Kojiki by Keith Yatsuhashi

Another Great Review for Kojiki

Kojiki by Kieth Yatsuhashi


4.5 Paws

This is how legends are made!!


I received a lovely email from the author, read the blurb and thought – damn I need to give this a go. I love anything to do with myth and legends, and it even involves Japan – so how could I resist when it has everything!! It’s set in the modern day Japan but with ancient aspects thrown in there. Its about this young woman named Keiko, who believes that she’s just an ordinary, American born, Japanese … until her dad dies and she agrees to his last wish, to go to Tokyo. Well that’s when she’s thrown into a word of Spirits, Dragons, God’s and Magic – it’s one of those, ‘You need to see, to believe it’ kinda things.  Now throw in a bad guy that looks like a kid and we have a receipt for an…

View original post 840 more words


Book Review: Kojiki by Keith Yatsuhashi

Another great review! Thanks to artsandyouth love!


Authoress Note: I’d like to thank Mr. Yatsuhashi for allowing me to review his book and for giving me an advanced reader’s copy.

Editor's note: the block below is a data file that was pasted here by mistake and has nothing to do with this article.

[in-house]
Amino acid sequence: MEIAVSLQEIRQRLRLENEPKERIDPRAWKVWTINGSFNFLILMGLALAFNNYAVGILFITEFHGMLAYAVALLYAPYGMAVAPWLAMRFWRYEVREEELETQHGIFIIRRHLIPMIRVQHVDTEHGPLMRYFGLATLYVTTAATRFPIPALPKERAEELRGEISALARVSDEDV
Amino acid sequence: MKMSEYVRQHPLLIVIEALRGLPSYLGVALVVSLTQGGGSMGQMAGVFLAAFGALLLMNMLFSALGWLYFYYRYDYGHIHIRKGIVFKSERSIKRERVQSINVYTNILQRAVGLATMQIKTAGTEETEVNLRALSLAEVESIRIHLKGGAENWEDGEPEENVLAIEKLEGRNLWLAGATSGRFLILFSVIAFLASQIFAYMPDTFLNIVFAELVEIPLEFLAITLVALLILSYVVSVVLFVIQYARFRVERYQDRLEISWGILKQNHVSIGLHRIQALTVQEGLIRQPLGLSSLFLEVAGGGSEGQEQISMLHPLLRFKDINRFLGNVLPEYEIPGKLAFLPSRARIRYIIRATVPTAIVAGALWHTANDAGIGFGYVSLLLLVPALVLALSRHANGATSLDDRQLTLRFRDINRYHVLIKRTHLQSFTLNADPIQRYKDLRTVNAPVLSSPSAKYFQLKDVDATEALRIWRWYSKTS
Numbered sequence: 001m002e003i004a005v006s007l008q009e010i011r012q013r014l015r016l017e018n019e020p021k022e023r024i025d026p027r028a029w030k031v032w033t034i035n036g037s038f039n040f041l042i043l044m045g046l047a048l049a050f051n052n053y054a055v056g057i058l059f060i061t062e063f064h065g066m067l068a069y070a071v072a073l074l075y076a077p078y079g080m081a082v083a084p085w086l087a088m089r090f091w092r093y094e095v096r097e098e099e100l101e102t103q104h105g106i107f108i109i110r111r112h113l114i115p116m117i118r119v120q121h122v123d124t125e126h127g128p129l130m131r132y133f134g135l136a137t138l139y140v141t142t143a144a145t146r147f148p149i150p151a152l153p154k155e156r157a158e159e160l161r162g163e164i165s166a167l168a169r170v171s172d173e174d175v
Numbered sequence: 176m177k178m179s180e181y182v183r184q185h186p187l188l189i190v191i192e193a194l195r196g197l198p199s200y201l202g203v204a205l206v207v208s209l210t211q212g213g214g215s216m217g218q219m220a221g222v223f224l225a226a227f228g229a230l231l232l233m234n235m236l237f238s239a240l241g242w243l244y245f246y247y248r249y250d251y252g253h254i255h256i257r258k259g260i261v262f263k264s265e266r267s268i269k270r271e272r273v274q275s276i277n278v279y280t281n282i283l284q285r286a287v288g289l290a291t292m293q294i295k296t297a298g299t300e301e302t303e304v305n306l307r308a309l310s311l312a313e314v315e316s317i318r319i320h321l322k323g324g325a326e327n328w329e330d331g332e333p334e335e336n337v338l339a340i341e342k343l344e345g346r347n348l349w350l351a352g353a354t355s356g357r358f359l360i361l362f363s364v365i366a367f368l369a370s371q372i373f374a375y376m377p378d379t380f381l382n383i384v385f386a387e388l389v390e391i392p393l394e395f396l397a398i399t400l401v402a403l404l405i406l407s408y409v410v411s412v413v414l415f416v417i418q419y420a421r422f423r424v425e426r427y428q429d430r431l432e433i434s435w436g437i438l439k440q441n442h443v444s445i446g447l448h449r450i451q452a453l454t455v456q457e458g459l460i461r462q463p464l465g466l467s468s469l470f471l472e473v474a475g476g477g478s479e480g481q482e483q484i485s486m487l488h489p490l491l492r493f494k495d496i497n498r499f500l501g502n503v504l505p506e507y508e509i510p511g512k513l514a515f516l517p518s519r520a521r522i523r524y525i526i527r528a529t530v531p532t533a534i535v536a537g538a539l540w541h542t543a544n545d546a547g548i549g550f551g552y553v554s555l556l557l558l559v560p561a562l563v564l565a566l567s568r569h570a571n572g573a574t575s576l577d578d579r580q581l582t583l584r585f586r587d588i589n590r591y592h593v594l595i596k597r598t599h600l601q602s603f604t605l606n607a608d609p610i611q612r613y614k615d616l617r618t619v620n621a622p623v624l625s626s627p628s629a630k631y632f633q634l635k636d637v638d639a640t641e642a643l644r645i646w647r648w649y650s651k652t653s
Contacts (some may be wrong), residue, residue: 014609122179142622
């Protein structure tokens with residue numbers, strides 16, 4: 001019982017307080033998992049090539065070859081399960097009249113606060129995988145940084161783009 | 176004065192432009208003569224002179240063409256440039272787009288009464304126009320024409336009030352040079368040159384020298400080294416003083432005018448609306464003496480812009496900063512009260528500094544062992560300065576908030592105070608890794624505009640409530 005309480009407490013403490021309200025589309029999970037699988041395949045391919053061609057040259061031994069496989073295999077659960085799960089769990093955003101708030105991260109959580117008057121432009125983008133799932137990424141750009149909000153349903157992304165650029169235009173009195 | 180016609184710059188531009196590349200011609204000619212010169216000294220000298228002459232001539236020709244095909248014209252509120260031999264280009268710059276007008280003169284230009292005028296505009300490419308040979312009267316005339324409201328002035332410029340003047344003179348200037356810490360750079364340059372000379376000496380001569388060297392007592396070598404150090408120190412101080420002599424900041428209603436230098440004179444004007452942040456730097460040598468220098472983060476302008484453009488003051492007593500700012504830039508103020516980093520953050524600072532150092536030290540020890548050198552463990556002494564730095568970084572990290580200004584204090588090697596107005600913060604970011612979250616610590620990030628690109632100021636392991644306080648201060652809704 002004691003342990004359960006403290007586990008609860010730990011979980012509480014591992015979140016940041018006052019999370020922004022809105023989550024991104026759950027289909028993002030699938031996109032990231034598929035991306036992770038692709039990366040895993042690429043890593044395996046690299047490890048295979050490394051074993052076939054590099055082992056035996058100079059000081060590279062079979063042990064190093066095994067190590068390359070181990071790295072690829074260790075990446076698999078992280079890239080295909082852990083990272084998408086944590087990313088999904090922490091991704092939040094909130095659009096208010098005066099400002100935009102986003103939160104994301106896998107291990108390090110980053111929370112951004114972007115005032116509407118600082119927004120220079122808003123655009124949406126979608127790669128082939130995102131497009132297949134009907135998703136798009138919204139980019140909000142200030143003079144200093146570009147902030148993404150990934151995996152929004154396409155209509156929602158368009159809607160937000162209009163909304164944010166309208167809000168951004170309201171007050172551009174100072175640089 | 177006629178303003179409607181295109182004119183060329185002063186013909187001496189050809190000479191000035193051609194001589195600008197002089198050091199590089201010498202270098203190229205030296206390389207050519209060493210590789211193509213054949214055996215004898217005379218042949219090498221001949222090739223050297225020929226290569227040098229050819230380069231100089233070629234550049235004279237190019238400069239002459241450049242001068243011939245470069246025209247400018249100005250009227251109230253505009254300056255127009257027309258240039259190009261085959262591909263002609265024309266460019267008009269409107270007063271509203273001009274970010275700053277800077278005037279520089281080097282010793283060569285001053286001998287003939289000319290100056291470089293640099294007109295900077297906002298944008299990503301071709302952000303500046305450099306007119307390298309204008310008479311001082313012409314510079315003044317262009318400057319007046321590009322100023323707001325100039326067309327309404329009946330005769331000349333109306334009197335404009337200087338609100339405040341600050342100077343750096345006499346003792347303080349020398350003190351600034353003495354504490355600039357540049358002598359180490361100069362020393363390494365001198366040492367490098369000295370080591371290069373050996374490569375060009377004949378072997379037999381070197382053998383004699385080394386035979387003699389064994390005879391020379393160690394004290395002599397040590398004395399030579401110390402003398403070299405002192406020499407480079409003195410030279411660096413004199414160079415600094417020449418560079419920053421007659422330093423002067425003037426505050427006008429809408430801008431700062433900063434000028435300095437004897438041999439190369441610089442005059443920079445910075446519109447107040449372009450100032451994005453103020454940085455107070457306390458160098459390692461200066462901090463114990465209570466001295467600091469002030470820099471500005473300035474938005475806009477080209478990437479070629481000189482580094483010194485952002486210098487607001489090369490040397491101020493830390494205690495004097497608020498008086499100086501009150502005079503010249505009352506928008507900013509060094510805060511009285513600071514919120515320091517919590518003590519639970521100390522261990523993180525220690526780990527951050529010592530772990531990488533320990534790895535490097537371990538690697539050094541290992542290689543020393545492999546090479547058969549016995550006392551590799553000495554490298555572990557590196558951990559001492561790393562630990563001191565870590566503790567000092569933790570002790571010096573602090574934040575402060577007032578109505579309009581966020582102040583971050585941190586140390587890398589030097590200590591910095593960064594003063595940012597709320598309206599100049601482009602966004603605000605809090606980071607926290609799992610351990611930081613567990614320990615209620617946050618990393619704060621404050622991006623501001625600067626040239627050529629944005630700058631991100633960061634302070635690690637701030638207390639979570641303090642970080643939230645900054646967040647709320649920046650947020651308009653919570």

Plot Summary: When eighteen-year-old Keiko Yamada’s father dies unexpectedly, he leaves behind a one way ticket to Japan, an unintelligible death poem about powerful Japanese spirits and their gigantic, beast-like Guardians, and the cryptic words: “Go to Japan in my place. Find the Gate. My camera will show you the way.” 

Alone and afraid, Keiko travels to Tokyo, determined to fulfill her father’s dying wish. There, beneath glittering neon signs, her father’s death poem comes to life. Ancient spirits spring from the shadows. Chaos envelops the city, and as Keiko flees its burning streets, her guide, the beautiful Yui Akiko, makes a stunning confession–that she, Yui, is one of a handful of spirits left behind to defend the world against the most powerful among them: a once noble spirit now…

View original post 347 more words

I Can Haiku. Can You?


The other night, my son told me his class had to write a haiku. He shared a few from his fellow students, all incredibly creative–one, that I previously quoted here turned out to be floating around the web for quite some time–Doh! I’ll have to let my son know. It’ll make a nice lesson. It’s REALLY easy for students to get busted nowadays 🙂